Fear of Pumpkins (Thanksgiving part 2)

My last post wound itself up so nicely that going into procuring Thanksgiving ingredients seemed like a bit of a tangent.  But it was an adventure which I wanted to duly document, especially as this was my first Thanksgiving where I was doing all the cooking.  I’ve helped before of course.  I’ve been helping my mother with the pies for years, including one memorable year where I was rolling out the dough for the mince pie, which we make every year for my uncle.

“Here,” my mother said, handing me a cookie cutter, “use this to cut a hole in the top so the steam can vent.”

I looked at the cookie cutter.  “Mom!  This is a Star of David!”  For the record, we’re not Jewish, so the existence of this cookie cutter in our house is a bit of a mystery.

My mother waved me off.  “Just use it.  No one will notice.”

On Thanksgiving day we put the mince pie in front of my uncle, and he took one look at it and said “Why is there a Star of David in my pie?”

In addition to making pies that welcome all faiths, I was also responsible for arranging the fruit bowls and the hors d’oevres spreads.  But I was never in on the mystery of turkey and stuffing preparation.  The most I did was shout my preferences from the living room.  And, when my father wanted to eschew canned cranberry sauce for the homemade stuff only, raised a protest with my sister.   After all, the log of cranberry sauce with the indentations of the can still in the side and the date stamped on the bottom is the very essence of Thanksgiving.

This year, though, I’m living in England, and no one here does Thanksgiving dinner.  They do roasts of course, and that’s very close, but I needed it to taste the same, and be American.  Thus began the odyssey of finding the exact right ingredients.

The turkey was pretty easy to come by.  I wanted a butcher one, and my mother in law worried it might be hard to get if we had to order it.  But lo and behold, she walked into the shop and there was 6kg of bird in all its glory.  Sweet potatoes don’t come in a can, but I was doing an orange glazed sweet potatoes that could be made with canned or fresh.  Alright, peeling and prepping sweet potatoes would bring me one step too close to living out Chinua Achebe’s Things Fall Apart (aka by me as Okonkwo and the Yam), a novel which I was forced to read as a student and teach, and which I have never liked.  But I was willing to make some sacrifices, for Thanksgiving.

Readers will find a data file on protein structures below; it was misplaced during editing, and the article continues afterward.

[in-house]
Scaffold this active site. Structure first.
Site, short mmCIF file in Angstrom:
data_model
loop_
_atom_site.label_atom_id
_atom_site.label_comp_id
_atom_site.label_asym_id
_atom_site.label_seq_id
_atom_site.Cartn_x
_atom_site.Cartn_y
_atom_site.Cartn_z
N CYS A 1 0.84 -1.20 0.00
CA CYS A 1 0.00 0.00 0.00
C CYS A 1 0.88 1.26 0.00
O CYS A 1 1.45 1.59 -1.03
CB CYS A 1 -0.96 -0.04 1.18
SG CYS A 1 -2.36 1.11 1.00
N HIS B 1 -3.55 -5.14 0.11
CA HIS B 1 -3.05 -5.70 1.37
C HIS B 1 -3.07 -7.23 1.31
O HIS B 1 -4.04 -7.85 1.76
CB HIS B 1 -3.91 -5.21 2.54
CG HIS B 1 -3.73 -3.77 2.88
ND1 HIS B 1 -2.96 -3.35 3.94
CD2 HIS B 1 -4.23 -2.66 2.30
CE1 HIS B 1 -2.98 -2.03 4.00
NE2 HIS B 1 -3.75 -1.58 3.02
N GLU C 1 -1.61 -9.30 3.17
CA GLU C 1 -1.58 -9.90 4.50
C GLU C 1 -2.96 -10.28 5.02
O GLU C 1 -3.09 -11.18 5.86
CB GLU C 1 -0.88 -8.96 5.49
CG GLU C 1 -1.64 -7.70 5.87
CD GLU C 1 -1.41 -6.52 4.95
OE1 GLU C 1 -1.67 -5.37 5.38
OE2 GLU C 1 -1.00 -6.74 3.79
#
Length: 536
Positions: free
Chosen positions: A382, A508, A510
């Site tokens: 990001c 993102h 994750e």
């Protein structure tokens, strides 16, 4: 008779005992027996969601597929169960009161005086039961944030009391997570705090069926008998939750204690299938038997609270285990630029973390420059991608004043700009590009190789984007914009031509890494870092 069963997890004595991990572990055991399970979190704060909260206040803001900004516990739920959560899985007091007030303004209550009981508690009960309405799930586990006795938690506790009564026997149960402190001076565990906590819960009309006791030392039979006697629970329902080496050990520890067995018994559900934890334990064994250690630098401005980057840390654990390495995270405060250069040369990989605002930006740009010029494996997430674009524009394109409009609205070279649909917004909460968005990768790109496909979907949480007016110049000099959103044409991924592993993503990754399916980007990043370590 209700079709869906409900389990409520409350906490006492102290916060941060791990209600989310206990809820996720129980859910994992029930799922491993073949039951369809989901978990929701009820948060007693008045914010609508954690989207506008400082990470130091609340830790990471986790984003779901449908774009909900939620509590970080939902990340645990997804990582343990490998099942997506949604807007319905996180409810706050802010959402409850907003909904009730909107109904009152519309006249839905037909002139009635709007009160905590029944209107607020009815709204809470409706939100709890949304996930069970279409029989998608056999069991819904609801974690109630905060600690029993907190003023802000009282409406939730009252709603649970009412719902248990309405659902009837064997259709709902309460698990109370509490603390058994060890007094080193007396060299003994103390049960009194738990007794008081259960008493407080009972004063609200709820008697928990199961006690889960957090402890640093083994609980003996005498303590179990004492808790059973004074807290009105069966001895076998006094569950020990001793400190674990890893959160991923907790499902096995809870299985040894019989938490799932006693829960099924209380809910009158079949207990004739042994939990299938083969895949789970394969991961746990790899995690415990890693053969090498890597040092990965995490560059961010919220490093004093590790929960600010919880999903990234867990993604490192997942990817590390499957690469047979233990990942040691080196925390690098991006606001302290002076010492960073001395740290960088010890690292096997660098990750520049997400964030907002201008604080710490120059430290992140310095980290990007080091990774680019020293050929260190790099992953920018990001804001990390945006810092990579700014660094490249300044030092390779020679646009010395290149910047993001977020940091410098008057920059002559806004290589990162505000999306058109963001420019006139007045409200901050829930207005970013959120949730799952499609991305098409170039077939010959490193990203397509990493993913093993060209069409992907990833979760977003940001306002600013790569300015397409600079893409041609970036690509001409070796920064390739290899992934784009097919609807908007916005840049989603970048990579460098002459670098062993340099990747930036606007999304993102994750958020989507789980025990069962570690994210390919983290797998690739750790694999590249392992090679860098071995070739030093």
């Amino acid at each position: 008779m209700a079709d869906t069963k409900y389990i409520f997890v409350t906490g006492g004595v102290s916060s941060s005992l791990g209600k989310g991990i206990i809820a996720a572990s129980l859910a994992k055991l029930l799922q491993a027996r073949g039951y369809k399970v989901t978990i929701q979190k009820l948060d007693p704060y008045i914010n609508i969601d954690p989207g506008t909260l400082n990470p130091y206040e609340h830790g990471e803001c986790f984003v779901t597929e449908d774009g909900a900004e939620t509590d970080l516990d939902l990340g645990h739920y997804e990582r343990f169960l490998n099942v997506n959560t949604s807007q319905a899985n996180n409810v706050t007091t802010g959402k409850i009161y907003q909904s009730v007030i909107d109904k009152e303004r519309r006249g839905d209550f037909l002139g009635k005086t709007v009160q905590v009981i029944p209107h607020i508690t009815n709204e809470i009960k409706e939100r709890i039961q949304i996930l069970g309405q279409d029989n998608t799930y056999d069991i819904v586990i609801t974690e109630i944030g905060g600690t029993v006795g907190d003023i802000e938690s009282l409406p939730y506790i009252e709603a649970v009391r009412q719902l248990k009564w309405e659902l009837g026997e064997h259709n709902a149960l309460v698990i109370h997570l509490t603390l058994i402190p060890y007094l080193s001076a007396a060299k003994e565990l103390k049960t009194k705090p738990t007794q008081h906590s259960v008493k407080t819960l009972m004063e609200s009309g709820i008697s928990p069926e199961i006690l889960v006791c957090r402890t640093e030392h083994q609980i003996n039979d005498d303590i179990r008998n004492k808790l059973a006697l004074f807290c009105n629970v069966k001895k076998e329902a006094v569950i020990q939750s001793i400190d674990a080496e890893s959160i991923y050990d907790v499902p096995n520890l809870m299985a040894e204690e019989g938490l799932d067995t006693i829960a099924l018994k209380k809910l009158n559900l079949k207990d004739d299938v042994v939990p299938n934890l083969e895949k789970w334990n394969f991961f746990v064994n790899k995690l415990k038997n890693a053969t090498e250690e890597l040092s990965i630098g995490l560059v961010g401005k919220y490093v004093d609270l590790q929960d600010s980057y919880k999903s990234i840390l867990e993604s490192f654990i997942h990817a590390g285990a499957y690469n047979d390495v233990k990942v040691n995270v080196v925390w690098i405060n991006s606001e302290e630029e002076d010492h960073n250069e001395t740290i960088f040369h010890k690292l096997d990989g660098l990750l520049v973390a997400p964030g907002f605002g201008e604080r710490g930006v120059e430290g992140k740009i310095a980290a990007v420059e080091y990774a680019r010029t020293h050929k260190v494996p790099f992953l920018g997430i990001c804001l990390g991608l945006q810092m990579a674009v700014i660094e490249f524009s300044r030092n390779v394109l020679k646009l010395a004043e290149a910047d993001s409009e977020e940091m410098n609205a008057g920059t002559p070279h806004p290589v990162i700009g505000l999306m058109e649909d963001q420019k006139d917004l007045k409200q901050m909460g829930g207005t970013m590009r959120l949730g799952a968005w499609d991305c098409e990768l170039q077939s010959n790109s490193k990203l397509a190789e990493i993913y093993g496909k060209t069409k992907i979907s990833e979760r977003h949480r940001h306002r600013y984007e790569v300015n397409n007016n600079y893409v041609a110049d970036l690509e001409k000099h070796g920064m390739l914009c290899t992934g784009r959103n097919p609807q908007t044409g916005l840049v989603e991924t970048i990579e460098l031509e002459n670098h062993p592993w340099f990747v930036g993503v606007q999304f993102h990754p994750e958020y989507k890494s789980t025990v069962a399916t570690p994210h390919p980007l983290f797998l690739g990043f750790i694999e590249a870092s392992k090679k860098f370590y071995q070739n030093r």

Living with an Englishman, I had fortunately perfected a roast and mashed potatoes.  I think he would divorce me if I couldn’t do those things.  He was insistent we roast the turkey with ‘streaky bacon’ on it, which is just regular bacon to any American.  The British use back bacon, which is more meat and less fat, a difference I had learned of long ago.  The secret truth is that I prefer British bacon.

I decided to make the stuffing for myself.  The Brits have dried stuffing–I myself have cooked Paxo on several occasions.  But the bread bits are too small…there’s not enough celery…basically it’s tasty, but it’s just not Thanksgiving stuffing.

All in all, my Thanksgiving plans were coming together with ease.  The cherry pie filling my mother always uses wasn’t available, but as my husband hates cherries anyway I swapped cherry pie for raspberry pie and decided I was beginning my own tradition.  But then I hit some stumbling blocks: cranberry sauce and pumpkin pie.

I discovered that the Brits do in fact do cranberry sauce, and it’s even Ocean Spray that you find on the shelves.  But the kind that I had seen was whole berry in a tasteful little jar, and that just wouldn’t do.  I needed the jellied, smooth kind, in the can.  Amazon was selling it, but it wouldn’t arrive in time.  So two days before Thanksgiving I wandered the aisles of my local mega-Tesco, trying to hunt down the can.  In the end, I found the smooth stuff, but it was in a jar.  I would miss the round slices of cranberry sauce, but I chalked it up to cultural differences.  At least it was Ocean Spray, and at least it would taste the same.